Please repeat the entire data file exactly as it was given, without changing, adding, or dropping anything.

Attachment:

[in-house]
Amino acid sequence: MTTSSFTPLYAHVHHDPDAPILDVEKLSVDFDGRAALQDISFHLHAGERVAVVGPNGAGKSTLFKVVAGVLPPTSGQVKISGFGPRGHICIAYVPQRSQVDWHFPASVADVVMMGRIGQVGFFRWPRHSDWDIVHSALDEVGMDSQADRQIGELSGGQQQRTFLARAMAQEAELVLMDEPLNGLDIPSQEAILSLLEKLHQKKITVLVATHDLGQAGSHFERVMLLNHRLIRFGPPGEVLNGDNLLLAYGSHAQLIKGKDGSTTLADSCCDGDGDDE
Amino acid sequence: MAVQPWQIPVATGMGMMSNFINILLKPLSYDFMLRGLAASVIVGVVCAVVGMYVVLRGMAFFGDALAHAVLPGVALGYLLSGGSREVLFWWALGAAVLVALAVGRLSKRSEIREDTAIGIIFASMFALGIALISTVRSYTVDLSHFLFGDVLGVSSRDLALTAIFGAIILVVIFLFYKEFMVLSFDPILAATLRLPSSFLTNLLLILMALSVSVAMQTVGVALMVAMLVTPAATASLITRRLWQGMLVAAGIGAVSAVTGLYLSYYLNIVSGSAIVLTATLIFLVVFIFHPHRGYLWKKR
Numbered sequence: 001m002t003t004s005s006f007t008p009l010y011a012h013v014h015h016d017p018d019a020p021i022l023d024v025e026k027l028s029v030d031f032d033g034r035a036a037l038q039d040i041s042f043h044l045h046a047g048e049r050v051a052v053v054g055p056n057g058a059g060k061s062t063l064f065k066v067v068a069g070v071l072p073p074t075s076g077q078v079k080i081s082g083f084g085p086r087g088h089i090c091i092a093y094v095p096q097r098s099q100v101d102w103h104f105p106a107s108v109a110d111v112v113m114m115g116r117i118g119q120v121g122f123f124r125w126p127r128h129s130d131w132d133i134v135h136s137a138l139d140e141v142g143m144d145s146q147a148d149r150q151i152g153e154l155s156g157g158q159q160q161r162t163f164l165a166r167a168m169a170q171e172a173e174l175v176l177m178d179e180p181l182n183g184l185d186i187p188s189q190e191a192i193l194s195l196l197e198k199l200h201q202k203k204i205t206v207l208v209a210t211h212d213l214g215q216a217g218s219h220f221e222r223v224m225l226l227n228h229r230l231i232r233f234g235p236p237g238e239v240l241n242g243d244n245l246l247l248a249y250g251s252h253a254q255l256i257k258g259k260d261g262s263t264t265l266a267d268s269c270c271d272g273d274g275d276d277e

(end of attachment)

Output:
[in-house]
Amino acid sequence: MTTSSFTPLYAHVHHDPDAPILDVEKLSVDFDGRAALQDISFHLHAGERVAVVGPNGAGKSTLFKVVAGVLPPTSGQVKISGFGPRGHICIAYVPQRSQVDWHFPASVADVVMMGRIGQVGFFRWPRHSDWDIVHSALDEVGMDSQADRQIGELSGGQQQRTFLARAMAQEAELVLMDEPLNGLDIPSQEAILSLLEKLHQKKITVLVATHDLGQAGSHFERVMLLNHRLIRFGPPGEVLNGDNLLLAYGSHAQLIKGKDGSTTLADSCCDGDGDDE
Amino acid sequence: MAVQPWQIPVATGMGMMSNFINILLKPLSYDFMLRGLAASVIVGVVCAVVGMYVVLRGMAFFGDALAHAVLPGVALGYLLSGGSREVLFWWALGAAVLVALAVGRLSKRSEIREDTAIGIIFASMFALGIALISTVRSYTVDLSHFLFGDVLGVSSRDLALTAIFGAIILVVIFLFYKEFMVLSFDPILAATLRLPSSFLTNLLLILMALSVSVAMQTVGVALMVAMLVTPAATASLITRRLWQGMLVAAGIGAVSAVTGLYLSYYLNIVSGSAIVLTATLIFLVVFIFHPHRGYLWKKR
Numbered sequence: 001m002t003t004s005s006f007t008p009l010y011a012h013v014h015h016d017p018d019a020p021i022l023d024v025e026k027l028s029v030d031f032d033g034r035a036a037l038q039d040i041s042f043h044l045h046a047g048e049r050v051a052v053v054g055p056n057g058a059g060k061s062t063l064f065k066v067v068a069g070v071l072p073p074t075s076g077q078v079k080i081s082g083f084g085p086r087g088h089i090c091i092a093y094v095p096q097r098s099q100v101d102w103h104f105p106a107s108v109a110d111v112v113m114m115g116r117i118g119q120v121g122f123f124r125w126p127r128h129s130d131w132d133i134v135h136s137a138l139d140e141v142g143m144d145s146q147a148d149r150q151i152g153e154l155s156g157g158q159q160q161r162t163f164l165a166r167a168m169a170q171e172a173e174l175v176l177m178d179e180p181l182n183g184l185d186i187p188s189q190e191a192i193l194s195l196l197e198k199l200h201q202k203k204i205t206v207l208v209a210t211h212d213l214g215q216a217g218s219h220f221e222r223v224m225l226l227n228h229r230l231i232r233f234g235p236p237g238e239v240l241n242g243d244n245l246l247l248a249y250g251s252h253a254q255l256i257k258g259k260d261g262s263t264t265l266a267d268s269c270c271d272g273d274g275d276d277e